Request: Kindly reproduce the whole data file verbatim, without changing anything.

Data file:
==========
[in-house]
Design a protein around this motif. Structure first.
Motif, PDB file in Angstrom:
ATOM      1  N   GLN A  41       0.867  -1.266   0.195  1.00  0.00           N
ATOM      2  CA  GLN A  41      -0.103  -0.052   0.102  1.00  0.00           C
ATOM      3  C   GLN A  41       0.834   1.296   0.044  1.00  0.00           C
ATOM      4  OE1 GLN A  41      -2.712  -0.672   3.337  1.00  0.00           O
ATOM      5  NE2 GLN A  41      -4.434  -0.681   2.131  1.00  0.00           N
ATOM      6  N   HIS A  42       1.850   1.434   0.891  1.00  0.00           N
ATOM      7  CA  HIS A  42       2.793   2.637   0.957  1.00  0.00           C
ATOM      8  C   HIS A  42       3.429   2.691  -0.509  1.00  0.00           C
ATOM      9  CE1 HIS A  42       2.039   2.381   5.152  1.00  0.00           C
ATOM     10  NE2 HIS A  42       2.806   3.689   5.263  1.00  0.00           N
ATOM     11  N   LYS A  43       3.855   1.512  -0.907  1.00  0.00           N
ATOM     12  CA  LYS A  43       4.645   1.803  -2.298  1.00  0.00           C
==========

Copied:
[in-house]
Design a protein around this motif. Structure first.
Motif, PDB file in Angstrom:
ATOM      1  N   GLN A  41       0.867  -1.266   0.195  1.00  0.00           N
ATOM      2  CA  GLN A  41      -0.103  -0.052   0.102  1.00  0.00           C
ATOM      3  C   GLN A  41       0.834   1.296   0.044  1.00  0.00           C
ATOM      4  OE1 GLN A  41      -2.712  -0.672   3.337  1.00  0.00           O
ATOM      5  NE2 GLN A  41      -4.434  -0.681   2.131  1.00  0.00           N
ATOM      6  N   HIS A  42       1.850   1.434   0.891  1.00  0.00           N
ATOM      7  CA  HIS A  42       2.793   2.637   0.957  1.00  0.00           C
ATOM      8  C   HIS A  42       3.429   2.691  -0.509  1.00  0.00           C
ATOM      9  CE1 HIS A  42       2.039   2.381   5.152  1.00  0.00           C
ATOM     10  NE2 HIS A  42       2.806   3.689   5.263  1.00  0.00           N
ATOM     11  N   LYS A  43       3.855   1.512  -0.907  1.00  0.00           N
ATOM     12  CA  LYS A  43       4.645   1.803  -2.298  1.00  0.00           C